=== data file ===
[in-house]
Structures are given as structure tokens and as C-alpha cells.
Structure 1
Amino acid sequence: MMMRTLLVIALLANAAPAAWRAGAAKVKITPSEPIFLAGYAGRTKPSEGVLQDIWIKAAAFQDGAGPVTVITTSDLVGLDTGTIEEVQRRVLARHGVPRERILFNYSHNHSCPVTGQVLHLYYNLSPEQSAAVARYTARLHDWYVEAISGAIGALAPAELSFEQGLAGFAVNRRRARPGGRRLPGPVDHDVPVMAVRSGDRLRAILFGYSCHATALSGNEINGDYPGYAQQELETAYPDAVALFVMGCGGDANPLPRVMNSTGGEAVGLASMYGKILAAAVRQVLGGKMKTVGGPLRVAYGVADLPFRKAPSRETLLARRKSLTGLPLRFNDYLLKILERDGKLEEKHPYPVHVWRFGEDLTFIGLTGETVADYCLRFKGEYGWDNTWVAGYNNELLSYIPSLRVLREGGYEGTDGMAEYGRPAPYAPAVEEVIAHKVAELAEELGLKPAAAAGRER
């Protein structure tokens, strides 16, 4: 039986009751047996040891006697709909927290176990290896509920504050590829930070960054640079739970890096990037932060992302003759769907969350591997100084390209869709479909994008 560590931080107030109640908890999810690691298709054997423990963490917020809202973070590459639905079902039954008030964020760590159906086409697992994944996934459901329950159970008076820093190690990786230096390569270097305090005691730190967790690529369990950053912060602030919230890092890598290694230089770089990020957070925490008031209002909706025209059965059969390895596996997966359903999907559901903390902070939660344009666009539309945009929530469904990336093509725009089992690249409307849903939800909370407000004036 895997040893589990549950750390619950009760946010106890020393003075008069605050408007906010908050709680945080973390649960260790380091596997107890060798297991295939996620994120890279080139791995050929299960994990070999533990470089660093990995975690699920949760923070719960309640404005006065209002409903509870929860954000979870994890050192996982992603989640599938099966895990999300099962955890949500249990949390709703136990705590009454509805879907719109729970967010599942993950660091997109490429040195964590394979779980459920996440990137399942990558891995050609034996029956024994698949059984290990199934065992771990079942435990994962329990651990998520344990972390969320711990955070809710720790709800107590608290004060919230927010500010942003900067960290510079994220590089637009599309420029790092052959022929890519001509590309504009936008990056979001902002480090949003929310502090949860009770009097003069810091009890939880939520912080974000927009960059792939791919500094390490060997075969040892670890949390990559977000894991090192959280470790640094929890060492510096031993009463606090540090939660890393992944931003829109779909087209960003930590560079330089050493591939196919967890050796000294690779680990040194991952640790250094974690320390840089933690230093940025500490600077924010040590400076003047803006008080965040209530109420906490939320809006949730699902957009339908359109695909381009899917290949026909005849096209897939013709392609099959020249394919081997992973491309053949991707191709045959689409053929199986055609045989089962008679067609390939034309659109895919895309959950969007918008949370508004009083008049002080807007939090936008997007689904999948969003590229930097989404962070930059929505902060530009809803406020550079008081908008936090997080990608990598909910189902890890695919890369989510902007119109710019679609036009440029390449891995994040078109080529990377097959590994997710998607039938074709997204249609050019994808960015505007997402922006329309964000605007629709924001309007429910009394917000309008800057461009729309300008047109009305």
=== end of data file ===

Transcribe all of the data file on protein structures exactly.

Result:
[in-house]
Structures are given as structure tokens and as C-alpha cells.
Structure 1
Amino acid sequence: MMMRTLLVIALLANAAPAAWRAGAAKVKITPSEPIFLAGYAGRTKPSEGVLQDIWIKAAAFQDGAGPVTVITTSDLVGLDTGTIEEVQRRVLARHGVPRERILFNYSHNHSCPVTGQVLHLYYNLSPEQSAAVARYTARLHDWYVEAISGAIGALAPAELSFEQGLAGFAVNRRRARPGGRRLPGPVDHDVPVMAVRSGDRLRAILFGYSCHATALSGNEINGDYPGYAQQELETAYPDAVALFVMGCGGDANPLPRVMNSTGGEAVGLASMYGKILAAAVRQVLGGKMKTVGGPLRVAYGVADLPFRKAPSRETLLARRKSLTGLPLRFNDYLLKILERDGKLEEKHPYPVHVWRFGEDLTFIGLTGETVADYCLRFKGEYGWDNTWVAGYNNELLSYIPSLRVLREGGYEGTDGMAEYGRPAPYAPAVEEVIAHKVAELAEELGLKPAAAAGRER
């Protein structure tokens, strides 16, 4: 039986009751047996040891006697709909927290176990290896509920504050590829930070960054640079739970890096990037932060992302003759769907969350591997100084390209869709479909994008 560590931080107030109640908890999810690691298709054997423990963490917020809202973070590459639905079902039954008030964020760590159906086409697992994944996934459901329950159970008076820093190690990786230096390569270097305090005691730190967790690529369990950053912060602030919230890092890598290694230089770089990020957070925490008031209002909706025209059965059969390895596996997966359903999907559901903390902070939660344009666009539309945009929530469904990336093509725009089992690249409307849903939800909370407000004036 895997040893589990549950750390619950009760946010106890020393003075008069605050408007906010908050709680945080973390649960260790380091596997107890060798297991295939996620994120890279080139791995050929299960994990070999533990470089660093990995975690699920949760923070719960309640404005006065209002409903509870929860954000979870994890050192996982992603989640599938099966895990999300099962955890949500249990949390709703136990705590009454509805879907719109729970967010599942993950660091997109490429040195964590394979779980459920996440990137399942990558891995050609034996029956024994698949059984290990199934065992771990079942435990994962329990651990998520344990972390969320711990955070809710720790709800107590608290004060919230927010500010942003900067960290510079994220590089637009599309420029790092052959022929890519001509590309504009936008990056979001902002480090949003929310502090949860009770009097003069810091009890939880939520912080974000927009960059792939791919500094390490060997075969040892670890949390990559977000894991090192959280470790640094929890060492510096031993009463606090540090939660890393992944931003829109779909087209960003930590560079330089050493591939196919967890050796000294690779680990040194991952640790250094974690320390840089933690230093940025500490600077924010040590400076003047803006008080965040209530109420906490939320809006949730699902957009339908359109695909381009899917290949026909005849096209897939013709392609099959020249394919081997992973491309053949991707191709045959689409053929199986055609045989089962008679067609390939034309659109895919895309959950969007918008949370508004009083008049002080807007939090936008997007689904999948969003590229930097989404962070930059929505902060530009809803406020550079008081908008936090997080990608990598909910189902890890695919890369989510902007119109710019679609036009440029390449891995994040078109080529990377097959590994997710998607039938074709997204249609050019994808960015505007997402922006329309964000605007629709924001309007429910009394917000309008800057461009729309300008047109009305």